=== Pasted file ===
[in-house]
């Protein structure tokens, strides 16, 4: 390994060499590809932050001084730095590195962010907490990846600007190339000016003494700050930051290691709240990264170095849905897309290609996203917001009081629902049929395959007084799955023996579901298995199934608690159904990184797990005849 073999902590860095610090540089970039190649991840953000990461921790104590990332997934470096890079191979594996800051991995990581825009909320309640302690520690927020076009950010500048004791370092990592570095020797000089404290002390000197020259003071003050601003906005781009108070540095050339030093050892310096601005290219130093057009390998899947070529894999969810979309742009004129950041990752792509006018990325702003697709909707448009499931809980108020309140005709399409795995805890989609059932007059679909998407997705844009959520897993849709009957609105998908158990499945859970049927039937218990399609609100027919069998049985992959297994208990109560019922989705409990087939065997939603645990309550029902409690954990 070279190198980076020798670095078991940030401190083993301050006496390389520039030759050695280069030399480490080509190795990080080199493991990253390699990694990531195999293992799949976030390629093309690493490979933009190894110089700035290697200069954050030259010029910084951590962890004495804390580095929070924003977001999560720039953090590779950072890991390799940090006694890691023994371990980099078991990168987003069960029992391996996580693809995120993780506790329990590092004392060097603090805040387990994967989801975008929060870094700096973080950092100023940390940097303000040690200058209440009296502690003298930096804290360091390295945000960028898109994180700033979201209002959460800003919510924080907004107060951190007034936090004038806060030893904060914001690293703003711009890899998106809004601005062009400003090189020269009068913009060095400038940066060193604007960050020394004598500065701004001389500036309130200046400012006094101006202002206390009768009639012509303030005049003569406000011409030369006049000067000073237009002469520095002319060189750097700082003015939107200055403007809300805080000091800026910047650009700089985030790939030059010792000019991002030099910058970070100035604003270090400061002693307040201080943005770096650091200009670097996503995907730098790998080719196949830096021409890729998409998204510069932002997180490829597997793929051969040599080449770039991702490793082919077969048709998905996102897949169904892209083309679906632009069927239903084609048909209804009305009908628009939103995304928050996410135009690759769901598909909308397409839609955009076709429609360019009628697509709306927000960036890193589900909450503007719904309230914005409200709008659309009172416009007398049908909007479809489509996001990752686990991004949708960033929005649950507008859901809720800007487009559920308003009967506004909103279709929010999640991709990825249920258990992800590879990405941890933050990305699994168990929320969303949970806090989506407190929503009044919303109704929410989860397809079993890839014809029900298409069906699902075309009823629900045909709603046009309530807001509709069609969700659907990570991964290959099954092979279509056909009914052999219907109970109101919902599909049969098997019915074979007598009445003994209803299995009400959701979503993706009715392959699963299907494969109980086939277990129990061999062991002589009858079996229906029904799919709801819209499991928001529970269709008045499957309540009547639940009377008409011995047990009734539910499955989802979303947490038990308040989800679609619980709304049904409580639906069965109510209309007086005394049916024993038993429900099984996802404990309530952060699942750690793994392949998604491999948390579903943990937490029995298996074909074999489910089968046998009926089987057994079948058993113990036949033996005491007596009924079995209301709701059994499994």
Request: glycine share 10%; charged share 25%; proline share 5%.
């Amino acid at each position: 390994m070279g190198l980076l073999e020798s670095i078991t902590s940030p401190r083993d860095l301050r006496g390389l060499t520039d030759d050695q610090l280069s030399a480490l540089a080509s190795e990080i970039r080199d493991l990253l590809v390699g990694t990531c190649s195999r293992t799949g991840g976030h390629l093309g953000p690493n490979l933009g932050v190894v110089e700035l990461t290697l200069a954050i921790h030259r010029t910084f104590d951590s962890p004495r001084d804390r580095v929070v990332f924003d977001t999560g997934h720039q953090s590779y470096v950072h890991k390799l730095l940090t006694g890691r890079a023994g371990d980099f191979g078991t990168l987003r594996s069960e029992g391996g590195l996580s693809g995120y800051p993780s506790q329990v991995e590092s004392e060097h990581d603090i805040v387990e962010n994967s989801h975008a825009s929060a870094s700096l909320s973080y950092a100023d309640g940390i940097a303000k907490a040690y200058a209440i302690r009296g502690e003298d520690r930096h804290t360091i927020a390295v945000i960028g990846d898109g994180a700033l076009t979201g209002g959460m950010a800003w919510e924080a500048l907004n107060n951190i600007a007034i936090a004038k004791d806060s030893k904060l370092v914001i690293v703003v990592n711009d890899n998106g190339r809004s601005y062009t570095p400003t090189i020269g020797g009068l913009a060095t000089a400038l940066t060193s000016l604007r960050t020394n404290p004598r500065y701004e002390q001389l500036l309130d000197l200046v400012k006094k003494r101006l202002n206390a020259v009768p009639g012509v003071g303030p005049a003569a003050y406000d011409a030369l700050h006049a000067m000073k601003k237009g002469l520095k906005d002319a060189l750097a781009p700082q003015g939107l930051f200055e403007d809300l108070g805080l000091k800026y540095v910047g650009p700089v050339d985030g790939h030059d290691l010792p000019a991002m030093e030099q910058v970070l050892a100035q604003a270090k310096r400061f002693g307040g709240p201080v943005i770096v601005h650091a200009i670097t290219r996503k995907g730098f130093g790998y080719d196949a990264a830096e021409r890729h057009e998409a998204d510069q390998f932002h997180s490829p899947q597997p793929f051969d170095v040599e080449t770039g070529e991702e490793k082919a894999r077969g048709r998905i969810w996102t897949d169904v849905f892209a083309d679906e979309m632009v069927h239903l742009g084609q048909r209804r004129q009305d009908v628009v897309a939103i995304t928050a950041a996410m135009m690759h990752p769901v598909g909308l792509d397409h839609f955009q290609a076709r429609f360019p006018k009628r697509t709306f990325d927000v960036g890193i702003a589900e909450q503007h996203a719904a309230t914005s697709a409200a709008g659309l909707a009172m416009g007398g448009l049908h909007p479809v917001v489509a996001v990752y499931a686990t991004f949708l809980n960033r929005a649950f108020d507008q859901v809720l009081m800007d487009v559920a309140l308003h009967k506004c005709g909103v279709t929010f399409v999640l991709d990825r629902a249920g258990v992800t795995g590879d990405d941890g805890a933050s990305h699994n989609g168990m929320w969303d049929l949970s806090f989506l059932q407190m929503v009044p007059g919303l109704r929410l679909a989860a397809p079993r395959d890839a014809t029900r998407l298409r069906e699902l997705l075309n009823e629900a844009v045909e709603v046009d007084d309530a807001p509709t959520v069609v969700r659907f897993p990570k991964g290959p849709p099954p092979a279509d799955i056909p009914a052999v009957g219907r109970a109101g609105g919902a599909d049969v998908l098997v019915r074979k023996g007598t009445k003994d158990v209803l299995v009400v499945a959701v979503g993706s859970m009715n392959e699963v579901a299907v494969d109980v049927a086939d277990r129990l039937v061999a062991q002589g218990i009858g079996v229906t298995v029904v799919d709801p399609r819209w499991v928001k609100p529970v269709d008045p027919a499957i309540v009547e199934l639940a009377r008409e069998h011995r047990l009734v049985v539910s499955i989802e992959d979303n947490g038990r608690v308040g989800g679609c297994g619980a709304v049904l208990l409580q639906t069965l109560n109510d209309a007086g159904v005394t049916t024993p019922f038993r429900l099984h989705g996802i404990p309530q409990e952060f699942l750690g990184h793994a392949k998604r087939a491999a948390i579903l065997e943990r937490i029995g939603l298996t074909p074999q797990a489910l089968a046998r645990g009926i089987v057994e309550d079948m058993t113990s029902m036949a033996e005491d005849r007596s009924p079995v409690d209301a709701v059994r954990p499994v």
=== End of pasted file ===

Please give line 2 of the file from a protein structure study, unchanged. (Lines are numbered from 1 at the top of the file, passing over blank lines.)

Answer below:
């Protein structure tokens, strides 16, 4: 390994060499590809932050001084730095590195962010907490990846600007190339000016003494700050930051290691709240990264170095849905897309290609996203917001009081629902049929395959007084799955023996579901298995199934608690159904990184797990005849 073999902590860095610090540089970039190649991840953000990461921790104590990332997934470096890079191979594996800051991995990581825009909320309640302690520690927020076009950010500048004791370092990592570095020797000089404290002390000197020259003071003050601003906005781009108070540095050339030093050892310096601005290219130093057009390998899947070529894999969810979309742009004129950041990752792509006018990325702003697709909707448009499931809980108020309140005709399409795995805890989609059932007059679909998407997705844009959520897993849709009957609105998908158990499945859970049927039937218990399609609100027919069998049985992959297994208990109560019922989705409990087939065997939603645990309550029902409690954990 070279190198980076020798670095078991940030401190083993301050006496390389520039030759050695280069030399480490080509190795990080080199493991990253390699990694990531195999293992799949976030390629093309690493490979933009190894110089700035290697200069954050030259010029910084951590962890004495804390580095929070924003977001999560720039953090590779950072890991390799940090006694890691023994371990980099078991990168987003069960029992391996996580693809995120993780506790329990590092004392060097603090805040387990994967989801975008929060870094700096973080950092100023940390940097303000040690200058209440009296502690003298930096804290360091390295945000960028898109994180700033979201209002959460800003919510924080907004107060951190007034936090004038806060030893904060914001690293703003711009890899998106809004601005062009400003090189020269009068913009060095400038940066060193604007960050020394004598500065701004001389500036309130200046400012006094101006202002206390009768009639012509303030005049003569406000011409030369006049000067000073237009002469520095002319060189750097700082003015939107200055403007809300805080000091800026910047650009700089985030790939030059010792000019991002030099910058970070100035604003270090400061002693307040201080943005770096650091200009670097996503995907730098790998080719196949830096021409890729998409998204510069932002997180490829597997793929051969040599080449770039991702490793082919077969048709998905996102897949169904892209083309679906632009069927239903084609048909209804009305009908628009939103995304928050996410135009690759769901598909909308397409839609955009076709429609360019009628697509709306927000960036890193589900909450503007719904309230914005409200709008659309009172416009007398049908909007479809489509996001990752686990991004949708960033929005649950507008859901809720800007487009559920308003009967506004909103279709929010999640991709990825249920258990992800590879990405941890933050990305699994168990929320969303949970806090989506407190929503009044919303109704929410989860397809079993890839014809029900298409069906699902075309009823629900045909709603046009309530807001509709069609969700659907990570991964290959099954092979279509056909009914052999219907109970109101919902599909049969098997019915074979007598009445003994209803299995009400959701979503993706009715392959699963299907494969109980086939277990129990061999062991002589009858079996229906029904799919709801819209499991928001529970269709008045499957309540009547639940009377008409011995047990009734539910499955989802979303947490038990308040989800679609619980709304049904409580639906069965109510209309007086005394049916024993038993429900099984996802404990309530952060699942750690793994392949998604491999948390579903943990937490029995298996074909074999489910089968046998009926089987057994079948058993113990036949033996005491007596009924079995209301709701059994499994």